In my classes, you’ll occasionally hear me mention one or two of yoga’s ten principles as they apply to practicing an asana (yoga posture). They comprise an ethical guide to life. There are five yamas and five niyamas. They are listed in the Yoga Sutra of Patanjali, verses 2.30-2.34.
The five yamas guide the yogi’s relationship with others. They pertain to how one treats other people and behaves in society. They are:
- Ahimsa (non-harming or non-violence)
- Satya (truthfulness)
- Atseya (non-stealing)
- Bramacharya (self-restraint, remembering the higher reality)
- Aparigraha (non-possessiveness)
While the Yoga Sutras list the above five with regard to one’s interaction with community, they can also be applied towards the relationship to oneself, along with the five niyamas listed below:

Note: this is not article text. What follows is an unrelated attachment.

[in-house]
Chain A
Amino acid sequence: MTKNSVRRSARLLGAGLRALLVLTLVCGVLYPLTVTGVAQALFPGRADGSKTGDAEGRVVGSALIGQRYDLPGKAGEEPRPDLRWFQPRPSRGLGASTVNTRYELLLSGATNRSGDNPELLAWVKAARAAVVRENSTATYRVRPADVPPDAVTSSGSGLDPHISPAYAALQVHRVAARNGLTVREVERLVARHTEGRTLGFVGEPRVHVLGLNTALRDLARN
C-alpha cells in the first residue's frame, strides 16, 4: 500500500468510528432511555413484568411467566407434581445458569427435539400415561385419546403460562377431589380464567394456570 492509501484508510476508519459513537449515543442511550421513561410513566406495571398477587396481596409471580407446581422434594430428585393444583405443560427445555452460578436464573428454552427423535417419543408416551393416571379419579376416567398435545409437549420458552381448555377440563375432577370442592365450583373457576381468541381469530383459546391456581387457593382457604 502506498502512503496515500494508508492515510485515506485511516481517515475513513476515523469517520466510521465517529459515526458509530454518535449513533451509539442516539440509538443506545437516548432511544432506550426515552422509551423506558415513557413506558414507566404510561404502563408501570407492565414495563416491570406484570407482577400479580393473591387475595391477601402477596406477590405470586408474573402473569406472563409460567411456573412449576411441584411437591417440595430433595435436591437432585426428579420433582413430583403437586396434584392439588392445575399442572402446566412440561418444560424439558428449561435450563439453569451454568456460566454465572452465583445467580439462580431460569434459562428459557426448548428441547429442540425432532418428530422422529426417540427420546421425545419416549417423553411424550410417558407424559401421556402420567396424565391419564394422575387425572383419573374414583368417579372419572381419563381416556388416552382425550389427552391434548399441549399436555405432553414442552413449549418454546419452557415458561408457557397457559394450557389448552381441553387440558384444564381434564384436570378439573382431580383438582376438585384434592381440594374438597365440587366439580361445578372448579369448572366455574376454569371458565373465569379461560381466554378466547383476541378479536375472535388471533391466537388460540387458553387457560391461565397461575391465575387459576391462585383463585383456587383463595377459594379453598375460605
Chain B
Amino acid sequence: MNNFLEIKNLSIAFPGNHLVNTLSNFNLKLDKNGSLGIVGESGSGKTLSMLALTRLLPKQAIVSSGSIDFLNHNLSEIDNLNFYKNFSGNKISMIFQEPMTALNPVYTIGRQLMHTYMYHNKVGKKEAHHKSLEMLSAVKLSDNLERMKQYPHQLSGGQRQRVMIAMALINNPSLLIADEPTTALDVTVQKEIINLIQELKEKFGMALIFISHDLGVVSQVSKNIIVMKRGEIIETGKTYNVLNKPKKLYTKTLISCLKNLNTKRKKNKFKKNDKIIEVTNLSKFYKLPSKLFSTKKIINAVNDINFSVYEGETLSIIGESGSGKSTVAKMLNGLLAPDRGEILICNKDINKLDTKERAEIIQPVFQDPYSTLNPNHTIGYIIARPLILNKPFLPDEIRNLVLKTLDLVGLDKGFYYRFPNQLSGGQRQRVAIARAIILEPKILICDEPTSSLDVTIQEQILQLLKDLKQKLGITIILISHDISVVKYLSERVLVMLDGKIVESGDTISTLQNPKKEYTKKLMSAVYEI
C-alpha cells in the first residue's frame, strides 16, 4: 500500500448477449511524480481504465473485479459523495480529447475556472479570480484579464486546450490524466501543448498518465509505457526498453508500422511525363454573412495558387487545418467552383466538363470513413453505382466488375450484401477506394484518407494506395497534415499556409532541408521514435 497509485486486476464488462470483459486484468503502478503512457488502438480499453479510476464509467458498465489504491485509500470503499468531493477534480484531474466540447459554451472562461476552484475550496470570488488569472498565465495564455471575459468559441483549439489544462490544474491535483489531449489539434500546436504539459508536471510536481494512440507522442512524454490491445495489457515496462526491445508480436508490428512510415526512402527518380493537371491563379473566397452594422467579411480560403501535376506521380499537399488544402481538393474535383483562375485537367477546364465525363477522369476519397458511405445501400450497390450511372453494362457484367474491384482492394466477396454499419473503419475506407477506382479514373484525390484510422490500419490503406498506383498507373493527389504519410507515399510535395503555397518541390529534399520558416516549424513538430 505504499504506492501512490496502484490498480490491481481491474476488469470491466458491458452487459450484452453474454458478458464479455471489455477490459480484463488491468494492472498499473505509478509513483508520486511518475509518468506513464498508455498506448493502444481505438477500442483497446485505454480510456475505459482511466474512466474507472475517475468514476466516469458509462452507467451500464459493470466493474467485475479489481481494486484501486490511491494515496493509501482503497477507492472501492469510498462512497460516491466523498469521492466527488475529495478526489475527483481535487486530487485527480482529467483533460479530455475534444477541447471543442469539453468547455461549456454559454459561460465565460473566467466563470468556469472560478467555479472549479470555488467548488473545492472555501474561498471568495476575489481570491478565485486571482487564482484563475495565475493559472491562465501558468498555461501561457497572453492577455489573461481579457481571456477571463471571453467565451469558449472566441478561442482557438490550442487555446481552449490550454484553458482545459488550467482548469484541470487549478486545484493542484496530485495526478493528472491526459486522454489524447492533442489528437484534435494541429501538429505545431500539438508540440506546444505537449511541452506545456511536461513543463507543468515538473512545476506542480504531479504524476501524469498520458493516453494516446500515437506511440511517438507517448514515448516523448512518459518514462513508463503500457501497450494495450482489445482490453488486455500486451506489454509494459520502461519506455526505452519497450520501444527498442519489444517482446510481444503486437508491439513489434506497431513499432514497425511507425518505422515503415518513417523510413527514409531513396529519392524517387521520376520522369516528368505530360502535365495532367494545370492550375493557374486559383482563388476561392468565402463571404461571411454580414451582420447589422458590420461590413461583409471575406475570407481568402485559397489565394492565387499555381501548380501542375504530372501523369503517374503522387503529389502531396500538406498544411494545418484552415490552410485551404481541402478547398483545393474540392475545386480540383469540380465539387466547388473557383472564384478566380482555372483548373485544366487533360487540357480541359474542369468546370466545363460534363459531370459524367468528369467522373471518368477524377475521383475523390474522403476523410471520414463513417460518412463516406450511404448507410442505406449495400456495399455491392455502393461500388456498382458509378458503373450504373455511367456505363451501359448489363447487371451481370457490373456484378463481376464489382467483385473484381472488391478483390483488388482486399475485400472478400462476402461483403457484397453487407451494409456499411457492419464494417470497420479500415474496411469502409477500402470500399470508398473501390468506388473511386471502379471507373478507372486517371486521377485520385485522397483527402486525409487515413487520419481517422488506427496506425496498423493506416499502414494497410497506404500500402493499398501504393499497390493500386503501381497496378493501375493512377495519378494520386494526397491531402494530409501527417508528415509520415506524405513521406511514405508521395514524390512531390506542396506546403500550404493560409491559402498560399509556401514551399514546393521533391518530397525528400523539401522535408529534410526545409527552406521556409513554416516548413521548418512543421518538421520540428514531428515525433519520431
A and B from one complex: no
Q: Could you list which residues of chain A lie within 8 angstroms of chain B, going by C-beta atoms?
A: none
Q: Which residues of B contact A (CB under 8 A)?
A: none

- Saucha (purification of the body and mind)
- Samtosha (contentment)
- Tapas (self-discipline or austerity)
- Svadhyaya (inner exploration; self-study)
- Ishwara pranidhana (commitment to your spiritual source)
Both on and off the mat, notice when you encounter anger, greed, or delusion. Gauge whether it’s mild, medium, or intense. Let go of self-criticism. Take these negative moments as an opportunity to figure out:
- What provoked your negative thought or action?
- How can you prevent it from happening again?
With this self-awareness practice, you will eventually absorb the yamas and niyamas into daily life. It’s a great way to keep working towards being a better person and contributing to a more compassionate society. Get a head start on those New Year’s Resolutions!
© 2014 Amy Dara Hochberg. All rights reserved.
Yoga with Amy Dara by Amy Dara Hochberg is licensed under a Creative Commons Attribution 3.0 Unported License.
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